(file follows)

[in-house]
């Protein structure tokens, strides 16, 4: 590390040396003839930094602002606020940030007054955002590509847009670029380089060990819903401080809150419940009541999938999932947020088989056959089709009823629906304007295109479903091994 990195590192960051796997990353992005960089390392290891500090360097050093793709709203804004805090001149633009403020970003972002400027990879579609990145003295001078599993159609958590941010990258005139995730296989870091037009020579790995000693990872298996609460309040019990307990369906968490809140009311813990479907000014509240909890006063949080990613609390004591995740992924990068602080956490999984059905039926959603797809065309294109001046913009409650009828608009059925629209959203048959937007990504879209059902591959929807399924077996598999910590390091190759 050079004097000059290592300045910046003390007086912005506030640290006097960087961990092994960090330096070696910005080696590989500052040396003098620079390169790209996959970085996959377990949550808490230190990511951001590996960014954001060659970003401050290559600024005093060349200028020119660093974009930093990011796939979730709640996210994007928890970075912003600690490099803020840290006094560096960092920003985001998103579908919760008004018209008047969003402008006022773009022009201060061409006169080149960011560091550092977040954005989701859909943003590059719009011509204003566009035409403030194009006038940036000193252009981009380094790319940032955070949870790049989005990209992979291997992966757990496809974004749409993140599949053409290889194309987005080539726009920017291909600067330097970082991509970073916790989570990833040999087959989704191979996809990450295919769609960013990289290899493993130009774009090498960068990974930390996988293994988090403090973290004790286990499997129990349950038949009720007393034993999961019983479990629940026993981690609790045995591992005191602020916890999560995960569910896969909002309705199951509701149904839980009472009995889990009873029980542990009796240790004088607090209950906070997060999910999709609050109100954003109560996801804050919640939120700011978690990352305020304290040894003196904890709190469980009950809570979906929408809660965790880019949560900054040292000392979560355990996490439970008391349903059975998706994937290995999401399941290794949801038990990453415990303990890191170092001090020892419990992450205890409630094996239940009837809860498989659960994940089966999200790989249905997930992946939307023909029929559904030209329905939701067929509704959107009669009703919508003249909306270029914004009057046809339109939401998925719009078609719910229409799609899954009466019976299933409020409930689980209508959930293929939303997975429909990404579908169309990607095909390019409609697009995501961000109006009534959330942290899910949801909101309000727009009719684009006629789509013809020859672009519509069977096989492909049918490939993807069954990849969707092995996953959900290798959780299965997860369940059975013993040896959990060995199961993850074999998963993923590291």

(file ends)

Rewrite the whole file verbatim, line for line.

[in-house]
């Protein structure tokens, strides 16, 4: 590390040396003839930094602002606020940030007054955002590509847009670029380089060990819903401080809150419940009541999938999932947020088989056959089709009823629906304007295109479903091994 990195590192960051796997990353992005960089390392290891500090360097050093793709709203804004805090001149633009403020970003972002400027990879579609990145003295001078599993159609958590941010990258005139995730296989870091037009020579790995000693990872298996609460309040019990307990369906968490809140009311813990479907000014509240909890006063949080990613609390004591995740992924990068602080956490999984059905039926959603797809065309294109001046913009409650009828608009059925629209959203048959937007990504879209059902591959929807399924077996598999910590390091190759 050079004097000059290592300045910046003390007086912005506030640290006097960087961990092994960090330096070696910005080696590989500052040396003098620079390169790209996959970085996959377990949550808490230190990511951001590996960014954001060659970003401050290559600024005093060349200028020119660093974009930093990011796939979730709640996210994007928890970075912003600690490099803020840290006094560096960092920003985001998103579908919760008004018209008047969003402008006022773009022009201060061409006169080149960011560091550092977040954005989701859909943003590059719009011509204003566009035409403030194009006038940036000193252009981009380094790319940032955070949870790049989005990209992979291997992966757990496809974004749409993140599949053409290889194309987005080539726009920017291909600067330097970082991509970073916790989570990833040999087959989704191979996809990450295919769609960013990289290899493993130009774009090498960068990974930390996988293994988090403090973290004790286990499997129990349950038949009720007393034993999961019983479990629940026993981690609790045995591992005191602020916890999560995960569910896969909002309705199951509701149904839980009472009995889990009873029980542990009796240790004088607090209950906070997060999910999709609050109100954003109560996801804050919640939120700011978690990352305020304290040894003196904890709190469980009950809570979906929408809660965790880019949560900054040292000392979560355990996490439970008391349903059975998706994937290995999401399941290794949801038990990453415990303990890191170092001090020892419990992450205890409630094996239940009837809860498989659960994940089966999200790989249905997930992946939307023909029929559904030209329905939701067929509704959107009669009703919508003249909306270029914004009057046809339109939401998925719009078609719910229409799609899954009466019976299933409020409930689980209508959930293929939303997975429909990404579908169309990607095909390019409609697009995501961000109006009534959330942290899910949801909101309000727009009719684009006629789509013809020859672009519509069977096989492909049918490939993807069954990849969707092995996953959900290798959780299965997860369940059975013993040896959990060995199961993850074999998963993923590291």